Perfect Sugar Cookies
from ATK/Cook's Illustrated November 2010, as seen on A Feast for the Eyes
makes 24-28 cookies

2 1/4 cups all-purpose flour
1/2 teaspoon baking soda
1 teaspoon baking powder
1/2 teaspoon salt
1 1/2 cups sugar, plus 1/3 cup for rolling
2 ounces cream cheese, cut into 8 pieces
6 tablespoons unsalted butter, melted and still warm
1/3 cup vegetable oil
1 large egg
1 tablespoon milk
2 teaspoons vanilla extract


  • Adjust oven rack to middle position and heat oven to 350 degrees. Line 2 large rimmed baking sheets with parchment paper or use silpats. Whisk flour, baking soda, baking powder, and salt together in medium bowl. Set aside.
  • Place 1 1/2 cups sugar and cream cheese in large bowl.  Pour warm butter over sugar and cream cheese and whisk to combine (some small lumps of cream cheese will remain but will smooth out later). Whisk in oil until incorporated. Add egg, milk, and vanilla; continue to whisk until smooth. Add flour mixture and mix with rubber spatula until soft homogeneous dough forms.
  • Measure 1/3 cup sugar into small bowl.  Use cookie scoop (#40, or about 2 tablespoon size) to portion out dough. Using hands, roll dough into balls. Working in batches, roll balls in small bowl of sugar to coat and evenly space on prepared baking sheet, 12 dough balls per sheet.
  • Using bottom of drinking glass, or bottom of measuring cup, flatten dough balls until 2 inches in diameter. Sprinkle tops evenly with remaining sugar from small bowl.
  • Bake, 1 tray at a time, until edges are set and just beginning to brown, 11 to 13 minutes, rotating tray after 7 minutes. Cool cookies on baking sheets 5 minutes. Using wide metal spatula, transfer cookies to wire rack and cool to room temperature.

Monday, May 14, 2012

Puffy Apple Pancake: Secret Recipe Club

It's time for another installment of Secret Recipe Club! This month I got Debby's blog, A Feast for the Eyes. It was super tough to chose only one recipes -- in fact I ended up making two! But it was hard to narrow it down to two recipes even! I had many, many ideas, both savory and sweet but ended up going with two sweet choices. Watch for the second recipe to be posted on Wednesday!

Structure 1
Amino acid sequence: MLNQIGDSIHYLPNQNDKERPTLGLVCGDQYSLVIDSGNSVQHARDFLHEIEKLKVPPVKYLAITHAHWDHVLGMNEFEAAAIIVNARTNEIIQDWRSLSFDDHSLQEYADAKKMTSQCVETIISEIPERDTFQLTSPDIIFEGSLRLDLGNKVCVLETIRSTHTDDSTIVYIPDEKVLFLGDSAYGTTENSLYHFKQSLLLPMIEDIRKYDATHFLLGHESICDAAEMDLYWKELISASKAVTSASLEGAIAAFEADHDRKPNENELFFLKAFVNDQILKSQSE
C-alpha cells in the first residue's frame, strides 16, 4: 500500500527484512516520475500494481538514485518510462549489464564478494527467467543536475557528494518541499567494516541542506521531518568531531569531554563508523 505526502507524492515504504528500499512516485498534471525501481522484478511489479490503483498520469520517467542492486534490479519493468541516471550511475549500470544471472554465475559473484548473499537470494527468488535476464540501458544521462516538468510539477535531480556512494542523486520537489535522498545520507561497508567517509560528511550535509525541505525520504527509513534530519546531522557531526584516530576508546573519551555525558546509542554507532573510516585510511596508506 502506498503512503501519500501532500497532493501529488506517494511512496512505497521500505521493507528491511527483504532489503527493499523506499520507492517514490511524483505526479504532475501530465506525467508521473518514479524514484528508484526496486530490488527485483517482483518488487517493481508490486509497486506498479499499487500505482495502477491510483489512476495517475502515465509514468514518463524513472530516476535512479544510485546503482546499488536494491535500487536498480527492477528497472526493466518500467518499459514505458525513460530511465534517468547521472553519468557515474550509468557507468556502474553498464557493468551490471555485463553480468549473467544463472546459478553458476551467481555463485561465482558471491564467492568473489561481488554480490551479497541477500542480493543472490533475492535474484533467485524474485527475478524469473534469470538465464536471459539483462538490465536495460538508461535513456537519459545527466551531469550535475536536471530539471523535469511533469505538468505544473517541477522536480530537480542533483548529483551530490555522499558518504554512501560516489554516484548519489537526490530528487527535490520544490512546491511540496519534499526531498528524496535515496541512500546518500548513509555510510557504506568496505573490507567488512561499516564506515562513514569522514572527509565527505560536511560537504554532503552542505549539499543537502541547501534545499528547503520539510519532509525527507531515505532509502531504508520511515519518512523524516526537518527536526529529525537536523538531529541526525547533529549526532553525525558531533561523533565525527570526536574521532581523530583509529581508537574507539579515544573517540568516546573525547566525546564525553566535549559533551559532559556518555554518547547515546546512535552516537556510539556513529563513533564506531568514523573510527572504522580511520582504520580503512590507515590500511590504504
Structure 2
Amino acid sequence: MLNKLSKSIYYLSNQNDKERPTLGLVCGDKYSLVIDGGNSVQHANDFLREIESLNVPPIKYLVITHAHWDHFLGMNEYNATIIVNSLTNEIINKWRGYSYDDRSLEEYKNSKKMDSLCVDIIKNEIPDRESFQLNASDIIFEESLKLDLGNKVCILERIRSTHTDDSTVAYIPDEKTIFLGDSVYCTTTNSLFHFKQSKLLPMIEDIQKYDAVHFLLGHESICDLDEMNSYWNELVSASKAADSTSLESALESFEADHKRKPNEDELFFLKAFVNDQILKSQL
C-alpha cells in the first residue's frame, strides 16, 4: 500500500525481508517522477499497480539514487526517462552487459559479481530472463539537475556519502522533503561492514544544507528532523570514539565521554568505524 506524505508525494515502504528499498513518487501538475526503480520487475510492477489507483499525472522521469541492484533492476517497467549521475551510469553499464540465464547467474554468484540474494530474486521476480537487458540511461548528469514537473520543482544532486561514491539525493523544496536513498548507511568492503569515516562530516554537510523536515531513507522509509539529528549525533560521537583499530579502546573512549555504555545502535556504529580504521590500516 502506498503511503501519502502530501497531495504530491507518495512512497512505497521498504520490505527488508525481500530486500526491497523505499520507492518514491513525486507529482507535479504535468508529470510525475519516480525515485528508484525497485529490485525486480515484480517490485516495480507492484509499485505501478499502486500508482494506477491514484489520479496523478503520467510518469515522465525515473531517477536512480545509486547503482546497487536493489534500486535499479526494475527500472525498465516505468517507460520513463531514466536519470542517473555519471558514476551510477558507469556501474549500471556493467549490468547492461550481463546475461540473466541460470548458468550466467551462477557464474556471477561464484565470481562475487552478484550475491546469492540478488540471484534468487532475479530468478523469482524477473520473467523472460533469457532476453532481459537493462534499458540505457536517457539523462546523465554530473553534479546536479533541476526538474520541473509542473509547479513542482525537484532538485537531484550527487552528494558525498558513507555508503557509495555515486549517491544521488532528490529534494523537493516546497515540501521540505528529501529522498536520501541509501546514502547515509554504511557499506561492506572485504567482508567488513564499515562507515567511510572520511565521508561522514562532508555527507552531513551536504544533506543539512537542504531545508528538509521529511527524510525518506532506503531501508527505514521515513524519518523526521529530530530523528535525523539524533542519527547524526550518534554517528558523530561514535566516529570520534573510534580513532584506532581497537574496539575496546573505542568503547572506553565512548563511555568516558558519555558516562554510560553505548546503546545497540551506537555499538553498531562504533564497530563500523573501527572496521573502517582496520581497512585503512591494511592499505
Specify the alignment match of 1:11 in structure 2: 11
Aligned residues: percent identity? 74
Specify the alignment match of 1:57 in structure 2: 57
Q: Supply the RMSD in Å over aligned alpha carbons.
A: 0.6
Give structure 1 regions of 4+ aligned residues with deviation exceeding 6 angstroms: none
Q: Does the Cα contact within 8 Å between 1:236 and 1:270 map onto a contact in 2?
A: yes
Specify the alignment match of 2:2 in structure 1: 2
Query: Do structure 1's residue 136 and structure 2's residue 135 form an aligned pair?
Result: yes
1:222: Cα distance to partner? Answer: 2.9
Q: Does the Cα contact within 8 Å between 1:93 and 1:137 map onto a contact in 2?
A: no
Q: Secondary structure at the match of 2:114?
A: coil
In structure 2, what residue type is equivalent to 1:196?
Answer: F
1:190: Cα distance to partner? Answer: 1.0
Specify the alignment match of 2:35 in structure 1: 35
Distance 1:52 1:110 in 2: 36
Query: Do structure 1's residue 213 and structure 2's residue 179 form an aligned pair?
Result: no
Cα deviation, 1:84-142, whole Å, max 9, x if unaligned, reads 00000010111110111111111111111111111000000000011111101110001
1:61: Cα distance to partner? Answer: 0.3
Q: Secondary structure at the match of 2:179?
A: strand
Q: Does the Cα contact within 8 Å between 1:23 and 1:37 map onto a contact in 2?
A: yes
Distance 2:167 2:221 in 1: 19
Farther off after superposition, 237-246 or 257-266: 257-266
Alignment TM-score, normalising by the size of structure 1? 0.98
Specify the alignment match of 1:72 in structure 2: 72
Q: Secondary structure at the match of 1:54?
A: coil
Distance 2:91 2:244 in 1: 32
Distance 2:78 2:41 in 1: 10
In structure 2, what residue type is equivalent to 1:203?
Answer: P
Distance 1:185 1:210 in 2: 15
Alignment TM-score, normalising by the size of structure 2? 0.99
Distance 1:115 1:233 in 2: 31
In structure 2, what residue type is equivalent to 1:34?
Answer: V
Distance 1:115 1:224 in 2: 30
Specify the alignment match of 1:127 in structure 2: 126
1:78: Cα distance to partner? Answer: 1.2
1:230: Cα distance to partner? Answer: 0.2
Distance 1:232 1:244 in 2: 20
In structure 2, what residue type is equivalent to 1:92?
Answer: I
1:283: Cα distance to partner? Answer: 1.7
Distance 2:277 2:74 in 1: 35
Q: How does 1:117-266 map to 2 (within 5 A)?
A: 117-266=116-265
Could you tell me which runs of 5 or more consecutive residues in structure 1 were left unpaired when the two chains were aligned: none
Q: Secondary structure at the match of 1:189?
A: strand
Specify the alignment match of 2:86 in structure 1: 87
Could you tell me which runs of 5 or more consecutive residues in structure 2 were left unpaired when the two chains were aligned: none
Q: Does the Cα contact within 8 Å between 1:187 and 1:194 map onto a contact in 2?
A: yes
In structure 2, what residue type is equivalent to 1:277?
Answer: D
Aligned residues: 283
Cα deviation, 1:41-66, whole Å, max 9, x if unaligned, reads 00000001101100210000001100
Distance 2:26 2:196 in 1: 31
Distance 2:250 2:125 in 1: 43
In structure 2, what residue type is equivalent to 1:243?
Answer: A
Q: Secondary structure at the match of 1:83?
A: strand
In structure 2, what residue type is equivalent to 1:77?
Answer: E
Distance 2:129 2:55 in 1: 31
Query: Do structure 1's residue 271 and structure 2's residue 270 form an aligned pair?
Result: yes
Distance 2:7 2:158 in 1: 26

This first one is a breakfast I've had many a time at a pancake house and was excited to try to recreate at home for myself. It was great! It had great crispy edges and a tender texture inside. I really questioned if it would rise, since the batter didn't have any baking powder or baking soda, only flour and eggs, but it definitely did! It loses it's puff as it cools, but it still tastes delicious! We topped with powdered sugar and enjoyed!

Puffy Apple Pancake

from A Feast for the Eyes
serves 4

1 large apple
2 tablespoons butter

1/4 cup brown sugar
1/2 teaspoon cinnamon

3 eggs
1/2 cup milk
1/2 cup flour
1/4 teaspoon vanilla extract
powdered sugar

  • Preheat the oven to 450 degrees.  
  • Peel, core and slice the apple into 1/4 inch thick pieces. 
  • Using an open-proof 10 inch skillet, melt the butter over medium heat.  Add the apple slices, making one layer and saute for 3-4 minutes, until beginning to soften.  
  • Turn apples over and add brown sugar and cinnamon to the mixture, stirring to coat apples with sugar.  Continue cooking apples for 3-4 minutes longer.
  • In a medium bowl, whisk the eggs then add milk, flour and vanilla and whisk until lumps are broken up and mixture is smooth.  
  • Pour the batter on top of the apple and sugar mixture and place skillet in the oven to bake, about 15 minutes.  The pancake will puff up and be golden brown on the edges.  
  • Remove from oven, cut into four wedges and serve with a dusting of powdered sugar.  

Friday, May 11, 2012

Sorachi Ace Saison

Welcome to my first all-original brew. I was inspired to make this beer after drinking Brooklyn Brewery's Sorachi Ace. Like several of my beers, the impetus to make this came from our drinking a beer and Amy asking "Can you make this?". In this case, I loved the inspiration beer, so I was all for making my own version.

Sorachi ace hops are a relatively new variety of hops that is distinguished by both very high alpha acids (~10-16%) and distinct lemony taste and aroma. They are a Japanese hybrid hop, and for quite some time weren't used much by commercial breweries. With the current craze of using citrusy hops like Citra, Cascade, Centennial, etc, the use of Sorachi Ace hops is trending upwards and it's not unusual to see them in a Pale ale or IPA.

I knew my base for the beer should basically be a lot of pilsner malt, and that I'd let the hops and yeast provide all of the other flavors. Sorachi Ace (the beer, not the hop) is about 10% ABV, and I wanted to get something similar in the end, but maybe a bit lighter to allow more drinking. With those goals in mind, I ordered a bunch of supplies from Northern Brewer.

1 lb Briess Caramel 10L
3.15 lb Pilsen LME
3 lb Pilsen DME
1 lb Candi Syrup
2 oz Sorachi Ace pellets
2 oz Sorachi Ace whole leaf hops (for dry hopping)
Wyeast 3711 French Saison